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#5

Hey @Trying, would you say that Loop made exercise easier or more difficult? How long do you run? An hour per day? I’m trying to get a sense of what my experience might be.

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#6

Thanks for all of your comments, it is incredibly focussing to post in the first place and wait for the answers to come in ( they always come in, you’re all so supportive!) it feels like such a step in the right direction, time spent just considering how one feels and what needs to happen next.
I wholeheartedly agree that basal testing is in order. I feel a bit exhausted at the thought of it though, as it’s such an intense thing to undertake, as well as going to work, family life… Sometimes I wish I could just take time out from normal life and concentrate only on diabetes.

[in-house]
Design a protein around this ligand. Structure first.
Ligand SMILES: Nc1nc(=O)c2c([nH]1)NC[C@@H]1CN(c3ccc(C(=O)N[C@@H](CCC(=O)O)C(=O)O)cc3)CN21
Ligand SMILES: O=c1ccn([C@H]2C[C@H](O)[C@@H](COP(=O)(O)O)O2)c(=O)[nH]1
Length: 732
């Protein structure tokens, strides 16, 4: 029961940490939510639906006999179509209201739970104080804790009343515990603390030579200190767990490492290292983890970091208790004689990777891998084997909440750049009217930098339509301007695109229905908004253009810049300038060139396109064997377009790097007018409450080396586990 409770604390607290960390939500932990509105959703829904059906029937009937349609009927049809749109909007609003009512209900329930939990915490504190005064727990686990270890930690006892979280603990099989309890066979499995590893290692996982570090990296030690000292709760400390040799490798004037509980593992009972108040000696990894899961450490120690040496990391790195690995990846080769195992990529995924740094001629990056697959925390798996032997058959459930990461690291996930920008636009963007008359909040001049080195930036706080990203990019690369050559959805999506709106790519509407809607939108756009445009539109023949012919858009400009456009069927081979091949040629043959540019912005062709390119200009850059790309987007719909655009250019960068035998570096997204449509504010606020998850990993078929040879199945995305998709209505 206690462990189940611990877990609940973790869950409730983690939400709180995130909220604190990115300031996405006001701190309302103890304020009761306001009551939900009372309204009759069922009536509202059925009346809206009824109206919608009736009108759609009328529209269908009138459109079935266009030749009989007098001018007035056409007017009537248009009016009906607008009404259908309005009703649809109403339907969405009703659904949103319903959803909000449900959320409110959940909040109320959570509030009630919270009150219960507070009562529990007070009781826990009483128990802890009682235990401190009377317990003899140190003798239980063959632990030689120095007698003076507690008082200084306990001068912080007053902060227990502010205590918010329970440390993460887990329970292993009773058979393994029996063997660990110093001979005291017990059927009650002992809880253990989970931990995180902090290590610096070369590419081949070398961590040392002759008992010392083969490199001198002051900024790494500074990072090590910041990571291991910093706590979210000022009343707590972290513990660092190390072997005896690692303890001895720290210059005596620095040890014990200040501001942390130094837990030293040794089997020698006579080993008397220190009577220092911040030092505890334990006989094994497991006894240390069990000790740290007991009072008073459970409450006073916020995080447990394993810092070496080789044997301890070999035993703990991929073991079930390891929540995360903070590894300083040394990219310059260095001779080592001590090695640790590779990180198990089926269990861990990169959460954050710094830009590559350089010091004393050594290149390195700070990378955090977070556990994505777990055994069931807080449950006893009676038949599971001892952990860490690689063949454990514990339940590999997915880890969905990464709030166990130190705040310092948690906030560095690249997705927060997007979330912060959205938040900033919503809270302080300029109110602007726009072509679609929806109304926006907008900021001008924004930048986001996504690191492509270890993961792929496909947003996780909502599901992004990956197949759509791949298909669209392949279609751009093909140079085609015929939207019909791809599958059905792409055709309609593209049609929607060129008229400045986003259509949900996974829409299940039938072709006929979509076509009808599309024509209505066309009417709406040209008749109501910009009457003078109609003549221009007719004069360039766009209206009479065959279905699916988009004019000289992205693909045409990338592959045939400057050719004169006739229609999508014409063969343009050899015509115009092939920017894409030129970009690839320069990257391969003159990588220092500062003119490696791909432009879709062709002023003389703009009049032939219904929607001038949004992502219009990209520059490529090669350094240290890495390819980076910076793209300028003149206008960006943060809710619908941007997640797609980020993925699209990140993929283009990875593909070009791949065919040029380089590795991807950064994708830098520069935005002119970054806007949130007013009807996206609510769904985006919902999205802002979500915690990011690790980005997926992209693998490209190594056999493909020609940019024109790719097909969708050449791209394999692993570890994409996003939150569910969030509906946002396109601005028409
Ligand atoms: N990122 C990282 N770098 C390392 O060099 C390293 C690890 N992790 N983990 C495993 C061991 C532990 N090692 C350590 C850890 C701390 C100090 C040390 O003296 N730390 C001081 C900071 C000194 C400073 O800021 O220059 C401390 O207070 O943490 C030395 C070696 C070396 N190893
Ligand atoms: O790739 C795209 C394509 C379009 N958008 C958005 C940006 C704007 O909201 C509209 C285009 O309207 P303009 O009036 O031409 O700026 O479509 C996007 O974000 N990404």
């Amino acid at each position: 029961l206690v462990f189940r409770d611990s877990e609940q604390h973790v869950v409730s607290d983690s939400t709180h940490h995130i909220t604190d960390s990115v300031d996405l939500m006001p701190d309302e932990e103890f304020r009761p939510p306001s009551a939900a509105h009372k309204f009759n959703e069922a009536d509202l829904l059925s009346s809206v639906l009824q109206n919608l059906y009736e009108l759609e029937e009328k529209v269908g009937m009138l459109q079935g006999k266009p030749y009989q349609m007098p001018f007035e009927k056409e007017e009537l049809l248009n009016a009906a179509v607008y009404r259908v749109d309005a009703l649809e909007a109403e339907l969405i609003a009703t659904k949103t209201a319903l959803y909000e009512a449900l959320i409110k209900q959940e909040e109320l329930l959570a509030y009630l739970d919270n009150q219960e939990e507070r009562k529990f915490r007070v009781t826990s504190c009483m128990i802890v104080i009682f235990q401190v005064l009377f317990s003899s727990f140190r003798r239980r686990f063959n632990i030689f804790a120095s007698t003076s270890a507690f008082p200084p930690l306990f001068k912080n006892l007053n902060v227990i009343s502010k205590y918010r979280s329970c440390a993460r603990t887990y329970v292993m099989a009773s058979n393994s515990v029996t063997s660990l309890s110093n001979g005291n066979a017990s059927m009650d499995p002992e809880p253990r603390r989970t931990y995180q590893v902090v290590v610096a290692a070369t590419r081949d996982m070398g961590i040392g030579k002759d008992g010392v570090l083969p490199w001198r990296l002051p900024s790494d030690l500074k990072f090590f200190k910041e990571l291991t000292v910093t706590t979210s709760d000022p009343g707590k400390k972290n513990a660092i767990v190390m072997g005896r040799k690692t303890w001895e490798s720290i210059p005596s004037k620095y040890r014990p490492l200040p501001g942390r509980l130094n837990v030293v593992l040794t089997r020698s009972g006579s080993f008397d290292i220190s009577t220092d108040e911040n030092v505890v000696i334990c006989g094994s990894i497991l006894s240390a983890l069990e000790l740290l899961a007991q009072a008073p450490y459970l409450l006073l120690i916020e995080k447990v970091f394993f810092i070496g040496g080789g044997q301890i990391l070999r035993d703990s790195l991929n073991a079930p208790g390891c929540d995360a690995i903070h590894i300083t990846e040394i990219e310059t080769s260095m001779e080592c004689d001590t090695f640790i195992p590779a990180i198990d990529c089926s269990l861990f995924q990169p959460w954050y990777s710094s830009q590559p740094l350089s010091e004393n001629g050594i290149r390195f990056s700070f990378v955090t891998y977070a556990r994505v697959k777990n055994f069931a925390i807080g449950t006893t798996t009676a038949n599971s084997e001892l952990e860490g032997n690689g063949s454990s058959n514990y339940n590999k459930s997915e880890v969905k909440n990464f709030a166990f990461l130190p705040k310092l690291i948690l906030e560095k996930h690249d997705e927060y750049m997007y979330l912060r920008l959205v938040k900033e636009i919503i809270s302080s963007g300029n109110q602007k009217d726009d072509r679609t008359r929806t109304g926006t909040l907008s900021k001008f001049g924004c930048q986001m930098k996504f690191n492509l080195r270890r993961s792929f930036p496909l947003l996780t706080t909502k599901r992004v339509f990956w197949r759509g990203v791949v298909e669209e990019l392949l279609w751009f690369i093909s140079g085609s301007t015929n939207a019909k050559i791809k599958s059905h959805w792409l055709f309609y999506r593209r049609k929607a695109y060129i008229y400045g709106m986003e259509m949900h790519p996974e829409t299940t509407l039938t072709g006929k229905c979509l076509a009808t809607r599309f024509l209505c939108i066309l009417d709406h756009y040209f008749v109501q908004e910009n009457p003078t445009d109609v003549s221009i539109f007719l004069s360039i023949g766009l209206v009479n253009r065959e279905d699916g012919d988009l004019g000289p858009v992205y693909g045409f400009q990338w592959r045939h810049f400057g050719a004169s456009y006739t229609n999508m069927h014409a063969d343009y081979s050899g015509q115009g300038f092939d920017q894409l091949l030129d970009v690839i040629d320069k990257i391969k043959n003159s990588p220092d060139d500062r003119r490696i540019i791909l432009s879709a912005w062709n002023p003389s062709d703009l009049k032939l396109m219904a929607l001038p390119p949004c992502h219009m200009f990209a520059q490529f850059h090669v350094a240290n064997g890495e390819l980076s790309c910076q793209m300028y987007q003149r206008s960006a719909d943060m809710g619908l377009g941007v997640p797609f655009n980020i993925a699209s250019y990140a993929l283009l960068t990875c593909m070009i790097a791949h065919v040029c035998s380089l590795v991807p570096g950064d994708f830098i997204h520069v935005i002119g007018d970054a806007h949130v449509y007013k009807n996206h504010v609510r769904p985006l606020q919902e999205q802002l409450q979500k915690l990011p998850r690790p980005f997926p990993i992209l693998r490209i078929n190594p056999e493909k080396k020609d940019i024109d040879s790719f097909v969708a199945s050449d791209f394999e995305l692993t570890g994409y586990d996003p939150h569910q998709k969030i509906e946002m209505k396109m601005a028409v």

I also agree that to remove one or more variables makes sense.
Man, I’m going to miss going to the gym for a couple of weeks!

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#7

I’m not familiar with a medtronic pump but I use an Omnipod. I decrease my basal by 50% starting a half hour before snorkeling for 2 hours. This works really well for me.
When I ride my exercise bike I don’t have to make any adjustments as it’s not enough “work” as snorkeling is.

A pump is great as you can better regulate when you actually need the insulin, I have about 10 basal settings on my pump for the day. I also try to 50% prebolus which is always one of the best tools to keep my BG’s down. If you haven’t done that, it takes extra care to do so, but gives you better after meal numbers.